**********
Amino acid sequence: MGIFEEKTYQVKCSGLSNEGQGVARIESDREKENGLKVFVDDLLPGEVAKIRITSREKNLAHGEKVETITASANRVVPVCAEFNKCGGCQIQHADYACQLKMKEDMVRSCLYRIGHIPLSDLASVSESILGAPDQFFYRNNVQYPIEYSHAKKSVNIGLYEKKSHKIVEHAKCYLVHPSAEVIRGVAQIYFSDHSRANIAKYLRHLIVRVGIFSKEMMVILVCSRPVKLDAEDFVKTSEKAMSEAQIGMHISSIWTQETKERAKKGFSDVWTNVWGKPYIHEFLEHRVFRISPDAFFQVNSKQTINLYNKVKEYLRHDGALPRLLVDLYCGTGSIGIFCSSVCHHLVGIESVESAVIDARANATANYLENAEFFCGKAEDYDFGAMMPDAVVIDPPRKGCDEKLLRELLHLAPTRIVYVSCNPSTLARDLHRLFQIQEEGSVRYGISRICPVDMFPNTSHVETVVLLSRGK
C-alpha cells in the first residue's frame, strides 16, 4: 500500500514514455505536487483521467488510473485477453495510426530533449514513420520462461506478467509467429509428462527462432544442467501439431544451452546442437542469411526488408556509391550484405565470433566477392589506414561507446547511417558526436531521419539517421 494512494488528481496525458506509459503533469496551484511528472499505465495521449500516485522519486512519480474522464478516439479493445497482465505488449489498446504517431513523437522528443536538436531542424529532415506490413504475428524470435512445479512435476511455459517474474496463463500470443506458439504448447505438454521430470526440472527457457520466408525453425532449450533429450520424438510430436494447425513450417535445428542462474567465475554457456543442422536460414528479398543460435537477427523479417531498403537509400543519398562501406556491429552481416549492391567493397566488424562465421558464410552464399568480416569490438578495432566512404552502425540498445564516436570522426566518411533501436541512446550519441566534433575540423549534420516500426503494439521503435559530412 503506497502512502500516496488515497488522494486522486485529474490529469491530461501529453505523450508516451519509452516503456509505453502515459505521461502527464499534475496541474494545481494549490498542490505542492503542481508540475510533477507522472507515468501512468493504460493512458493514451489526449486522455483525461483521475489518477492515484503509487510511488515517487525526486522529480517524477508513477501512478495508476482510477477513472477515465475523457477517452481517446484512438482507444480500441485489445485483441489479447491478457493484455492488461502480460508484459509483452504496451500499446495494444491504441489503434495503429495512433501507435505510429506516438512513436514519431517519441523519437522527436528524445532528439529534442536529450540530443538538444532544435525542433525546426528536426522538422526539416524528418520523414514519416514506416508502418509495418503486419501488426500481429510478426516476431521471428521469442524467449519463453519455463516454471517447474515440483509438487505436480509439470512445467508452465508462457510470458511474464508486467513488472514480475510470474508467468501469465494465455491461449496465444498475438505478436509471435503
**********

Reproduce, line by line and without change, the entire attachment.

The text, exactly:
Amino acid sequence: MGIFEEKTYQVKCSGLSNEGQGVARIESDREKENGLKVFVDDLLPGEVAKIRITSREKNLAHGEKVETITASANRVVPVCAEFNKCGGCQIQHADYACQLKMKEDMVRSCLYRIGHIPLSDLASVSESILGAPDQFFYRNNVQYPIEYSHAKKSVNIGLYEKKSHKIVEHAKCYLVHPSAEVIRGVAQIYFSDHSRANIAKYLRHLIVRVGIFSKEMMVILVCSRPVKLDAEDFVKTSEKAMSEAQIGMHISSIWTQETKERAKKGFSDVWTNVWGKPYIHEFLEHRVFRISPDAFFQVNSKQTINLYNKVKEYLRHDGALPRLLVDLYCGTGSIGIFCSSVCHHLVGIESVESAVIDARANATANYLENAEFFCGKAEDYDFGAMMPDAVVIDPPRKGCDEKLLRELLHLAPTRIVYVSCNPSTLARDLHRLFQIQEEGSVRYGISRICPVDMFPNTSHVETVVLLSRGK
C-alpha cells in the first residue's frame, strides 16, 4: 500500500514514455505536487483521467488510473485477453495510426530533449514513420520462461506478467509467429509428462527462432544442467501439431544451452546442437542469411526488408556509391550484405565470433566477392589506414561507446547511417558526436531521419539517421 494512494488528481496525458506509459503533469496551484511528472499505465495521449500516485522519486512519480474522464478516439479493445497482465505488449489498446504517431513523437522528443536538436531542424529532415506490413504475428524470435512445479512435476511455459517474474496463463500470443506458439504448447505438454521430470526440472527457457520466408525453425532449450533429450520424438510430436494447425513450417535445428542462474567465475554457456543442422536460414528479398543460435537477427523479417531498403537509400543519398562501406556491429552481416549492391567493397566488424562465421558464410552464399568480416569490438578495432566512404552502425540498445564516436570522426566518411533501436541512446550519441566534433575540423549534420516500426503494439521503435559530412 503506497502512502500516496488515497488522494486522486485529474490529469491530461501529453505523450508516451519509452516503456509505453502515459505521461502527464499534475496541474494545481494549490498542490505542492503542481508540475510533477507522472507515468501512468493504460493512458493514451489526449486522455483525461483521475489518477492515484503509487510511488515517487525526486522529480517524477508513477501512478495508476482510477477513472477515465475523457477517452481517446484512438482507444480500441485489445485483441489479447491478457493484455492488461502480460508484459509483452504496451500499446495494444491504441489503434495503429495512433501507435505510429506516438512513436514519431517519441523519437522527436528524445532528439529534442536529450540530443538538444532544435525542433525546426528536426522538422526539416524528418520523414514519416514506416508502418509495418503486419501488426500481429510478426516476431521471428521469442524467449519463453519455463516454471517447474515440483509438487505436480509439470512445467508452465508462457510470458511474464508486467513488472514480475510470474508467468501469465494465455491461449496465444498475438505478436509471435503